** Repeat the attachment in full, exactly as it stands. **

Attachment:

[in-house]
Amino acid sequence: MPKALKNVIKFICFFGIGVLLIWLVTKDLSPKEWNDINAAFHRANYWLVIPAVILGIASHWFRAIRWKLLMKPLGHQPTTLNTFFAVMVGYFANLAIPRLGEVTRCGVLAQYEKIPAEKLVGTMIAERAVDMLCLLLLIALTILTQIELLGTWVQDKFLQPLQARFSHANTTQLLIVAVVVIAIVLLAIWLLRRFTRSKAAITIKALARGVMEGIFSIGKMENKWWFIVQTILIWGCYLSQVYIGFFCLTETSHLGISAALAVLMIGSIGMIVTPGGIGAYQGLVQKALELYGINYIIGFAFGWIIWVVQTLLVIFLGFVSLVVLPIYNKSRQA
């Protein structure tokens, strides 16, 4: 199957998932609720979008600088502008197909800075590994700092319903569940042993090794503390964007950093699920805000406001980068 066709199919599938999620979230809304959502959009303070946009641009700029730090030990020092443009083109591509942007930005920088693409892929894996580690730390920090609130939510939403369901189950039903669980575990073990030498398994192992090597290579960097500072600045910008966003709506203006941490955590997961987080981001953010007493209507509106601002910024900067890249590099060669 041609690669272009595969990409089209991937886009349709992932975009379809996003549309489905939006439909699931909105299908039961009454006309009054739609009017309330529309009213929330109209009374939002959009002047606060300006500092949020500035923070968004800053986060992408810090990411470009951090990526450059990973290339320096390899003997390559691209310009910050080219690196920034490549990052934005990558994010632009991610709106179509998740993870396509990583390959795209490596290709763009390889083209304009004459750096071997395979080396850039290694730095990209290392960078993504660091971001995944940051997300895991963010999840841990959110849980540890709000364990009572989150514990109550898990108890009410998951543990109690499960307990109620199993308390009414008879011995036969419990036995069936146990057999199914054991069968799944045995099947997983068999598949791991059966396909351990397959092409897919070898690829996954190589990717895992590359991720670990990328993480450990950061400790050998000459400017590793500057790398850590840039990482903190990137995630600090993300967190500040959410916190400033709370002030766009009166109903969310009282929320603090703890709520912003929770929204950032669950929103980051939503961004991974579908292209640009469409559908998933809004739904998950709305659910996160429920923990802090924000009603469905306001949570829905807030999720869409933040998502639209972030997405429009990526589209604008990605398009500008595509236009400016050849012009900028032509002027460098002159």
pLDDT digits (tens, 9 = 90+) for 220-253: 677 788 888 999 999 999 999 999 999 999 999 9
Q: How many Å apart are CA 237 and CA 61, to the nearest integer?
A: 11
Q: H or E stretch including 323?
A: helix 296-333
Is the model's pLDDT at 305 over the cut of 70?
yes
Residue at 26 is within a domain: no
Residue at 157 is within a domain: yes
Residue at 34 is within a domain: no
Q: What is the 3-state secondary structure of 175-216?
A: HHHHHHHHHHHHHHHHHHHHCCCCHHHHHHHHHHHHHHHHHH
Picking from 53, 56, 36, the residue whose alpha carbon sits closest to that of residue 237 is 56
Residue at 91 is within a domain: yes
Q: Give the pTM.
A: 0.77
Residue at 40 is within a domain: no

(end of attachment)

[in-house]
Amino acid sequence: MPKALKNVIKFICFFGIGVLLIWLVTKDLSPKEWNDINAAFHRANYWLVIPAVILGIASHWFRAIRWKLLMKPLGHQPTTLNTFFAVMVGYFANLAIPRLGEVTRCGVLAQYEKIPAEKLVGTMIAERAVDMLCLLLLIALTILTQIELLGTWVQDKFLQPLQARFSHANTTQLLIVAVVVIAIVLLAIWLLRRFTRSKAAITIKALARGVMEGIFSIGKMENKWWFIVQTILIWGCYLSQVYIGFFCLTETSHLGISAALAVLMIGSIGMIVTPGGIGAYQGLVQKALELYGINYIIGFAFGWIIWVVQTLLVIFLGFVSLVVLPIYNKSRQA
């Protein structure tokens, strides 16, 4: 199957998932609720979008600088502008197909800075590994700092319903569940042993090794503390964007950093699920805000406001980068 066709199919599938999620979230809304959502959009303070946009641009700029730090030990020092443009083109591509942007930005920088693409892929894996580690730390920090609130939510939403369901189950039903669980575990073990030498398994192992090597290579960097500072600045910008966003709506203006941490955590997961987080981001953010007493209507509106601002910024900067890249590099060669 041609690669272009595969990409089209991937886009349709992932975009379809996003549309489905939006439909699931909105299908039961009454006309009054739609009017309330529309009213929330109209009374939002959009002047606060300006500092949020500035923070968004800053986060992408810090990411470009951090990526450059990973290339320096390899003997390559691209310009910050080219690196920034490549990052934005990558994010632009991610709106179509998740993870396509990583390959795209490596290709763009390889083209304009004459750096071997395979080396850039290694730095990209290392960078993504660091971001995944940051997300895991963010999840841990959110849980540890709000364990009572989150514990109550898990108890009410998951543990109690499960307990109620199993308390009414008879011995036969419990036995069936146990057999199914054991069968799944045995099947997983068999598949791991059966396909351990397959092409897919070898690829996954190589990717895992590359991720670990990328993480450990950061400790050998000459400017590793500057790398850590840039990482903190990137995630600090993300967190500040959410916190400033709370002030766009009166109903969310009282929320603090703890709520912003929770929204950032669950929103980051939503961004991974579908292209640009469409559908998933809004739904998950709305659910996160429920923990802090924000009603469905306001949570829905807030999720869409933040998502639209972030997405429009990526589209604008990605398009500008595509236009400016050849012009900028032509002027460098002159």
pLDDT digits (tens, 9 = 90+) for 220-253: 677 788 888 999 999 999 999 999 999 999 999 9
Q: How many Å apart are CA 237 and CA 61, to the nearest integer?
A: 11
Q: H or E stretch including 323?
A: helix 296-333
Is the model's pLDDT at 305 over the cut of 70?
yes
Residue at 26 is within a domain: no
Residue at 157 is within a domain: yes
Residue at 34 is within a domain: no
Q: What is the 3-state secondary structure of 175-216?
A: HHHHHHHHHHHHHHHHHHHHCCCCHHHHHHHHHHHHHHHHHH
Picking from 53, 56, 36, the residue whose alpha carbon sits closest to that of residue 237 is 56
Residue at 91 is within a domain: yes
Q: Give the pTM.
A: 0.77
Residue at 40 is within a domain: no